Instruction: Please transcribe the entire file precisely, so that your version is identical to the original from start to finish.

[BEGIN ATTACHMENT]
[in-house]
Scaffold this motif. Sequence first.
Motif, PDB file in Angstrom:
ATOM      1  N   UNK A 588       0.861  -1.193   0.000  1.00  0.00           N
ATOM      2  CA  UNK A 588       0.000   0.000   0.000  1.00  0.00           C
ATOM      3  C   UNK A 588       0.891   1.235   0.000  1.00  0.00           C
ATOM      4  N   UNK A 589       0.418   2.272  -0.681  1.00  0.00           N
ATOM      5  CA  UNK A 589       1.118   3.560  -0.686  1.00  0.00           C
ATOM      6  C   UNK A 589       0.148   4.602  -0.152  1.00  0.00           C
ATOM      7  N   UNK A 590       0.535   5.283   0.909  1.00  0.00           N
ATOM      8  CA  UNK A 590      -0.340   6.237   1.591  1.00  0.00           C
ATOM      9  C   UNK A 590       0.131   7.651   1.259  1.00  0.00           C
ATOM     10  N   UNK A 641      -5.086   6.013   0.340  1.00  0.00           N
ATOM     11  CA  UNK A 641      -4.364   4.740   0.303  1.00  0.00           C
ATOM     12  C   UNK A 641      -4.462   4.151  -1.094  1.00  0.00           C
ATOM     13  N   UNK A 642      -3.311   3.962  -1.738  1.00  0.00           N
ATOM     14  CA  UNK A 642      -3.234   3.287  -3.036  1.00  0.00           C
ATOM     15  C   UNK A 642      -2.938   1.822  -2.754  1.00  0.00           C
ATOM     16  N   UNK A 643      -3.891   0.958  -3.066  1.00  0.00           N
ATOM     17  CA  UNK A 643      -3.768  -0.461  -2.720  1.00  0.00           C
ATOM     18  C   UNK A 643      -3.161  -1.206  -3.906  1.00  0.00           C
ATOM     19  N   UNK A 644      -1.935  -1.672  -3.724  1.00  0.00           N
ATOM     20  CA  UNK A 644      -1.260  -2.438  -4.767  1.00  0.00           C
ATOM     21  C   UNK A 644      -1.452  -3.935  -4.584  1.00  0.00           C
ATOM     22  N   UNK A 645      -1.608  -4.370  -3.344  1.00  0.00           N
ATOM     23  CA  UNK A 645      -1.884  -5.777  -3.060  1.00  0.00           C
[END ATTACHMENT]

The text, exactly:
[in-house]
Scaffold this motif. Sequence first.
Motif, PDB file in Angstrom:
ATOM      1  N   UNK A 588       0.861  -1.193   0.000  1.00  0.00           N
ATOM      2  CA  UNK A 588       0.000   0.000   0.000  1.00  0.00           C
ATOM      3  C   UNK A 588       0.891   1.235   0.000  1.00  0.00           C
ATOM      4  N   UNK A 589       0.418   2.272  -0.681  1.00  0.00           N
ATOM      5  CA  UNK A 589       1.118   3.560  -0.686  1.00  0.00           C
ATOM      6  C   UNK A 589       0.148   4.602  -0.152  1.00  0.00           C
ATOM      7  N   UNK A 590       0.535   5.283   0.909  1.00  0.00           N
ATOM      8  CA  UNK A 590      -0.340   6.237   1.591  1.00  0.00           C
ATOM      9  C   UNK A 590       0.131   7.651   1.259  1.00  0.00           C
ATOM     10  N   UNK A 641      -5.086   6.013   0.340  1.00  0.00           N
ATOM     11  CA  UNK A 641      -4.364   4.740   0.303  1.00  0.00           C
ATOM     12  C   UNK A 641      -4.462   4.151  -1.094  1.00  0.00           C
ATOM     13  N   UNK A 642      -3.311   3.962  -1.738  1.00  0.00           N
ATOM     14  CA  UNK A 642      -3.234   3.287  -3.036  1.00  0.00           C
ATOM     15  C   UNK A 642      -2.938   1.822  -2.754  1.00  0.00           C
ATOM     16  N   UNK A 643      -3.891   0.958  -3.066  1.00  0.00           N
ATOM     17  CA  UNK A 643      -3.768  -0.461  -2.720  1.00  0.00           C
ATOM     18  C   UNK A 643      -3.161  -1.206  -3.906  1.00  0.00           C
ATOM     19  N   UNK A 644      -1.935  -1.672  -3.724  1.00  0.00           N
ATOM     20  CA  UNK A 644      -1.260  -2.438  -4.767  1.00  0.00           C
ATOM     21  C   UNK A 644      -1.452  -3.935  -4.584  1.00  0.00           C
ATOM     22  N   UNK A 645      -1.608  -4.370  -3.344  1.00  0.00           N
ATOM     23  CA  UNK A 645      -1.884  -5.777  -3.060  1.00  0.00           C